How to Use go:embed in Go

One of the most anticipated features of Go 1.16 is the support for embedding files and folders into the application binary at compile-time without using an external tool. This feature is also known as go:embed, and it gets its name from the compiler directive that makes this functionality possible: //go:embed.

With it, you can embed all web assets required to make a frontend application work. The build pipeline will simplify since the embedding step does not require any additional tooling to get all static files needed in the binary. At the same time, the deployment pipeline is predictable since you don’t need to worry about deploying the static files and the problems that come with that, such as: making sure the relative paths are what the binary expects, the working directory is the correct one, the application has the proper permissions to read the files, etc. You just deploy the application binary and start it, and everything else works.

Let’s see how we can use this feature to our advantage with an example webserver:

  • First, create a new Go modules project in GoLand, and make sure you use Go 1.16 or newer. The go directive in the go.mod file must be set to Go 1.16 or higher too.
module goembed.demo

go 1.16
  • Our main.go file should look like this:
package main

import (

var (
	//go:embed resources
	res embed.FS

	pages = map[string]string{
		"/": "resources/index.gohtml",

func main() {
	http.HandleFunc("/", func(w http.ResponseWriter, r *http.Request) {
		page, ok := pages[r.URL.Path]
		if !ok {
		tpl, err := template.ParseFS(res, page)
		if err != nil {
			log.Printf("page %s not found in pages cache...", r.RequestURI)

		w.Header().Set("Content-Type", "text/html")
		data := map[string]interface{}{
			"userAgent": r.UserAgent(),
		if err := tpl.Execute(w, data); err != nil {


	log.Println("server started...")
	err := http.ListenAndServe(":8088", nil)
	if err != nil {
  • Next, create a new resources/index.gohtml file like the one below:
<html lang="en">
    <meta charset="UTF-8"/>
    <title>go:embed demo</title>
    <h1>Hello, {{ .userAgent }}!</h1>
    <p>If you see this, then go:embed worked!</p>
  • Finally, create a file called check.http at the root of the project. This will reduce the time it takes to test our code by making repeatable requests from GoLand rather than using the browser.
GET http://localhost:8088/

Note: If you need to, you can download a newer version of Go using GoLand either while creating the project or via Settings/Preferences | Go | GOROOT | + | Download …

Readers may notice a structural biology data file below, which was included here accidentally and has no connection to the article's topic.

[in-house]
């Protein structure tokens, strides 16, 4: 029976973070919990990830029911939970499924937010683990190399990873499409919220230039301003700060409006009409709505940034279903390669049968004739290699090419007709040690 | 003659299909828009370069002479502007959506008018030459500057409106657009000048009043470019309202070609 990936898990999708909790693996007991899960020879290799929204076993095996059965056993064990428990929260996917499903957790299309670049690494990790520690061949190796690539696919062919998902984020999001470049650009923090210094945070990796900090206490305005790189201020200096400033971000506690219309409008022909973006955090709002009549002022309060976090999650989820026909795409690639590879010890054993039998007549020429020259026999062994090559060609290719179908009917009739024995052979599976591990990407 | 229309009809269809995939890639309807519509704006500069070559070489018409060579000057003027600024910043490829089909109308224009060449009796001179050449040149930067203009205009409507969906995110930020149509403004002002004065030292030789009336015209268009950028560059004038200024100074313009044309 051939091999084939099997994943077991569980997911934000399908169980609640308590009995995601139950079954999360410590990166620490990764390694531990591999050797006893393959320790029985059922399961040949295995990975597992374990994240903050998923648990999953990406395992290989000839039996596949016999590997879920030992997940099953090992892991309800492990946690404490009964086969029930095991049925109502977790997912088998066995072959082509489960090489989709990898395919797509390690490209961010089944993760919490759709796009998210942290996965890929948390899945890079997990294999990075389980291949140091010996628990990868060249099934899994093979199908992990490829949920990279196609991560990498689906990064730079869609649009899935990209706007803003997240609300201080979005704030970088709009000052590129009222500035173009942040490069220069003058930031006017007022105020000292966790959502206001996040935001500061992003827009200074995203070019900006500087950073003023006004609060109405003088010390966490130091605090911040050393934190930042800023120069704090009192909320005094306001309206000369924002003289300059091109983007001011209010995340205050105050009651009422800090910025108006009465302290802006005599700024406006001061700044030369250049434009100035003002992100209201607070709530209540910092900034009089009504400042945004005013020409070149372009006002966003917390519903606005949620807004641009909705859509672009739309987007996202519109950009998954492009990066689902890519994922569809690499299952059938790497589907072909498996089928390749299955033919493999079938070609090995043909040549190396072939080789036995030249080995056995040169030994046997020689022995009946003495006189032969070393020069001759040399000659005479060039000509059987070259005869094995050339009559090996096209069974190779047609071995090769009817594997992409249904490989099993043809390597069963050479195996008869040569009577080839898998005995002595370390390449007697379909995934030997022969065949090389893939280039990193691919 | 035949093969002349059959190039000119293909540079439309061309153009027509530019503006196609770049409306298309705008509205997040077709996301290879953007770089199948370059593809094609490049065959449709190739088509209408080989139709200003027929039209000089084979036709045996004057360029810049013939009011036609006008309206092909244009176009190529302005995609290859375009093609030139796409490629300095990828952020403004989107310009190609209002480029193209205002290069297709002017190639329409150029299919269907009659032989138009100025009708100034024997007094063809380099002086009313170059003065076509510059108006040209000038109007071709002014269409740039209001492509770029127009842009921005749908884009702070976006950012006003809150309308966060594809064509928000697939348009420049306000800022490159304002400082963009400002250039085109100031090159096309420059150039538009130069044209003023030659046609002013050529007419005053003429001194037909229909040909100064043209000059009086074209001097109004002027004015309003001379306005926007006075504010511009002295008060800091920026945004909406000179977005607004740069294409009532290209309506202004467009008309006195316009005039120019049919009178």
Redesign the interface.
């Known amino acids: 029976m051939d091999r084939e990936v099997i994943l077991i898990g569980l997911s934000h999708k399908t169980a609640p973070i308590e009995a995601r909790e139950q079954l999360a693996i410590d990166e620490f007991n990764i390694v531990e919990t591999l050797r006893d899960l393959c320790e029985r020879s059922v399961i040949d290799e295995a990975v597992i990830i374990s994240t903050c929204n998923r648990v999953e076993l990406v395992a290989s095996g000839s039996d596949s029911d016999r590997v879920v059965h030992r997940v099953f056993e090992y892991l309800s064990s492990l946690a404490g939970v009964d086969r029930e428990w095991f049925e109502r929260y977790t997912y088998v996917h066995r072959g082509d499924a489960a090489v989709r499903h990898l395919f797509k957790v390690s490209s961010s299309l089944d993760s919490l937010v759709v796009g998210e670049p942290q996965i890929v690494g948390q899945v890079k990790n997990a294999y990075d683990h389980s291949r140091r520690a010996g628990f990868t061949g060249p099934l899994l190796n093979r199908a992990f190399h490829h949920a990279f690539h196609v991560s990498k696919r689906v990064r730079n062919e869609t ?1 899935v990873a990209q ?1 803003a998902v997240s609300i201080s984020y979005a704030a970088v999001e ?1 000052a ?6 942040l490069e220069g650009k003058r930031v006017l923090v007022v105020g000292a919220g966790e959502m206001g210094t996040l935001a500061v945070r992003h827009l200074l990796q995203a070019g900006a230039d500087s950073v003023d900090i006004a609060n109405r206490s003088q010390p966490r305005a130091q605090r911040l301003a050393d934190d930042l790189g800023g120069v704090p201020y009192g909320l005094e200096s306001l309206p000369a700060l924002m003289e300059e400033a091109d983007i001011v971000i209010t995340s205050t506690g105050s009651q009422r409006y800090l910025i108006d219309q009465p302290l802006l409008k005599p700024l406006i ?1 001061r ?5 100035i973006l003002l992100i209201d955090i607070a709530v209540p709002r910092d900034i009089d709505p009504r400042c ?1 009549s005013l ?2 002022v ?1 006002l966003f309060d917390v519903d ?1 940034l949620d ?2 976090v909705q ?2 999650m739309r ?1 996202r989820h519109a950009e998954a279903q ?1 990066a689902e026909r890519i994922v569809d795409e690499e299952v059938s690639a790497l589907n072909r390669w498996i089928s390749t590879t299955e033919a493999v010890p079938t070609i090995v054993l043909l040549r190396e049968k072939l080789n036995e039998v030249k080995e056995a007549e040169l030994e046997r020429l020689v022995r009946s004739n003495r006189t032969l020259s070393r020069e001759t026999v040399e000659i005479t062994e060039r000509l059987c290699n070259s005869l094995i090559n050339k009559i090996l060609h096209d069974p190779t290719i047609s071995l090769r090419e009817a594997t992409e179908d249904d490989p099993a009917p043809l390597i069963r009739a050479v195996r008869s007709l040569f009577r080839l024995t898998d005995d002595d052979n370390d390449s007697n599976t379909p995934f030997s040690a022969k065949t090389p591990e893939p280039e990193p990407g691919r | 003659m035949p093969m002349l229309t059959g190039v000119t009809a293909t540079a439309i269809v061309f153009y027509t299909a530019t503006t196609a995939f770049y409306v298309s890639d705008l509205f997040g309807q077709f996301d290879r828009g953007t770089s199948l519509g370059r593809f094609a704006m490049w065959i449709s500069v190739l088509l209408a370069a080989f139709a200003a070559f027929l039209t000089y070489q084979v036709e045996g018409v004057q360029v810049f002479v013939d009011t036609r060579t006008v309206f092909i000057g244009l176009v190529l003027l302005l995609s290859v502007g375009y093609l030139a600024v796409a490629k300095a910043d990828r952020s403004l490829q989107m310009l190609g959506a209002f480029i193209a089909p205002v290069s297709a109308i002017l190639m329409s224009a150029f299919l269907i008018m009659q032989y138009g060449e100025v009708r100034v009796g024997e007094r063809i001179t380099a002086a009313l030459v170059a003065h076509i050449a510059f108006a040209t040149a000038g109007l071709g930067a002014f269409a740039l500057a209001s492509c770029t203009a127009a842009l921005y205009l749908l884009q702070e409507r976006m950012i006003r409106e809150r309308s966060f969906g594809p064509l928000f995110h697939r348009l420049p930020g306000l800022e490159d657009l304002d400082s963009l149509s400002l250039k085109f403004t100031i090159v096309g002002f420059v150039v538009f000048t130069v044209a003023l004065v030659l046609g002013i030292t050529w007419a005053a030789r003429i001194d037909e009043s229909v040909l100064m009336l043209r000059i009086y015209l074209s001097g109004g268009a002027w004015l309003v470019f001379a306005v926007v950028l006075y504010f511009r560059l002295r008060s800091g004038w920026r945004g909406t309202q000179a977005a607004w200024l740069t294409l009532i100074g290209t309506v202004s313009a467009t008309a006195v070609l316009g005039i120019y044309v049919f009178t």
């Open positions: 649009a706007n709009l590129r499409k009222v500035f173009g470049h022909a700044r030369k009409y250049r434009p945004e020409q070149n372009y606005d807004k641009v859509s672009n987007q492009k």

This is how the project layout should look:

If we run this project, then test the request from the check.http file against our server, we get what we’d expect: an HTML response that contains our Hello message and the “Apache-HttpClient” user agent.

At first, this might not look different than any other server responding to a request with our template code.

However, if we change the code in the template without restarting the server, we’ll quickly notice that our output will not change unless we rebuild the binary. We can even remove the template, move the binary, or change its running directory, and the result will be similar. How does this work, then?

A quick look at how go:embed works

We can isolate a few parts of our code that are involved in using this feature.

We’ll start with the imports section, where we can see that we are using a new package called embed. This package, combined with the comment //go:embed, a compiler directive, tells the compiler that we intend to embed files or folders in the resulting binary.

You need to follow this directive with a variable declaration to serve as the container for the embedded contents. The type of the variable can be a string, a slice of bytes, or embed.FS type. If you embed resources using the embed.FS type, they also get the benefit of being read-only and goroutine-safe.

GoLand support for go:embed

GoLand completion features come in handy while using the embed directive, helping you write the paths/pattern.

You can also navigate to the embedded resource from the editor.

What if you want to change the name of the resource you’ve embedded? Or perhaps you want to change the whole directory structure? GoLand has you covered here too:

Pro tip: You can embed resources into the binary from any file, not just the main one. This means that you can ship modules with resources that are transparently compiled into the end application. 
Pro tip: You can use the embedding feature in test files too! Try it out and let us know what you think.


Embedding empty folders is not supported. Embedding symlinks is not currently supported either.

If you don’t plan to use embed.FS, then you can use //go:embed to embed a single file. To do so, you must still import the embed package, but only for side effects.

The embedding directive must not contain a space between the comment and “go:“.

The embedded paths must exist and match the pattern. Otherwise, the compiler will abort with an error.


That’s it for now! We learned why and how to use Go 1.16’s new embedding feature, took a look at how it works, and considered some caveats to remember when using it. We’ve also seen how GoLand helps you work with this feature and provides features such as completion, error detection, and more.

We are looking forward to hearing from you about how you use this feature. You can leave us a note in the comments section below, on Twitter, on the Gophers Slack, or our issue tracker if you’d like to let us know about additional features you’d like to see related to this or other Go functionality.

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